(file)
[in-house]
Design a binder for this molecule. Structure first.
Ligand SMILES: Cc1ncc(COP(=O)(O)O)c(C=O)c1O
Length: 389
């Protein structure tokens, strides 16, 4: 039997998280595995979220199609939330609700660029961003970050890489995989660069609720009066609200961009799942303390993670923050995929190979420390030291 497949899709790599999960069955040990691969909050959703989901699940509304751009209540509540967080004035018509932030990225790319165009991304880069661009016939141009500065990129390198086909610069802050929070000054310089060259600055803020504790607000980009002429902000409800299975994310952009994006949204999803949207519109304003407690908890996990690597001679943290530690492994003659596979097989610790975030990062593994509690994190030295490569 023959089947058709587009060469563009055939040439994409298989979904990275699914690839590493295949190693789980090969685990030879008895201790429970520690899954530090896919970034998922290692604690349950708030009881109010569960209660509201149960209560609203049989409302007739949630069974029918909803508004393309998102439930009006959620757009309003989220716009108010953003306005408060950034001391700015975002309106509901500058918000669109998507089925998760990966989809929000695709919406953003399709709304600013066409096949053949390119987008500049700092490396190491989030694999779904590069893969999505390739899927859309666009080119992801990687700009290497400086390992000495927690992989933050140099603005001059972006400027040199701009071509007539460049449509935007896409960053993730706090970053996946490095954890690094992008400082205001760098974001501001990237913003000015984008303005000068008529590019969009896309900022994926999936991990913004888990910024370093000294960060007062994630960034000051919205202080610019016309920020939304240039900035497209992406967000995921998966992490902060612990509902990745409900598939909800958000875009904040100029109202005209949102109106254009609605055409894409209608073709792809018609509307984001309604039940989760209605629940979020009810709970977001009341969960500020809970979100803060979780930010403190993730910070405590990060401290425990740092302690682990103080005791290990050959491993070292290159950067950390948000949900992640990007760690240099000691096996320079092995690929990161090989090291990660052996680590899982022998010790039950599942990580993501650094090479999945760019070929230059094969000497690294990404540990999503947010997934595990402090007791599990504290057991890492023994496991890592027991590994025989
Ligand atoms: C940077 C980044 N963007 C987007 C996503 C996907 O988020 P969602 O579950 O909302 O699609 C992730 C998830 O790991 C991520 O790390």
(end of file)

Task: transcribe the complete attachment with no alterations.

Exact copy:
[in-house]
Design a binder for this molecule. Structure first.
Ligand SMILES: Cc1ncc(COP(=O)(O)O)c(C=O)c1O
Length: 389
């Protein structure tokens, strides 16, 4: 039997998280595995979220199609939330609700660029961003970050890489995989660069609720009066609200961009799942303390993670923050995929190979420390030291 497949899709790599999960069955040990691969909050959703989901699940509304751009209540509540967080004035018509932030990225790319165009991304880069661009016939141009500065990129390198086909610069802050929070000054310089060259600055803020504790607000980009002429902000409800299975994310952009994006949204999803949207519109304003407690908890996990690597001679943290530690492994003659596979097989610790975030990062593994509690994190030295490569 023959089947058709587009060469563009055939040439994409298989979904990275699914690839590493295949190693789980090969685990030879008895201790429970520690899954530090896919970034998922290692604690349950708030009881109010569960209660509201149960209560609203049989409302007739949630069974029918909803508004393309998102439930009006959620757009309003989220716009108010953003306005408060950034001391700015975002309106509901500058918000669109998507089925998760990966989809929000695709919406953003399709709304600013066409096949053949390119987008500049700092490396190491989030694999779904590069893969999505390739899927859309666009080119992801990687700009290497400086390992000495927690992989933050140099603005001059972006400027040199701009071509007539460049449509935007896409960053993730706090970053996946490095954890690094992008400082205001760098974001501001990237913003000015984008303005000068008529590019969009896309900022994926999936991990913004888990910024370093000294960060007062994630960034000051919205202080610019016309920020939304240039900035497209992406967000995921998966992490902060612990509902990745409900598939909800958000875009904040100029109202005209949102109106254009609605055409894409209608073709792809018609509307984001309604039940989760209605629940979020009810709970977001009341969960500020809970979100803060979780930010403190993730910070405590990060401290425990740092302690682990103080005791290990050959491993070292290159950067950390948000949900992640990007760690240099000691096996320079092995690929990161090989090291990660052996680590899982022998010790039950599942990580993501650094090479999945760019070929230059094969000497690294990404540990999503947010997934595990402090007791599990504290057991890492023994496991890592027991590994025989
Ligand atoms: C940077 C980044 N963007 C987007 C996503 C996907 O988020 P969602 O579950 O909302 O699609 C992730 C998830 O790991 C991520 O790390």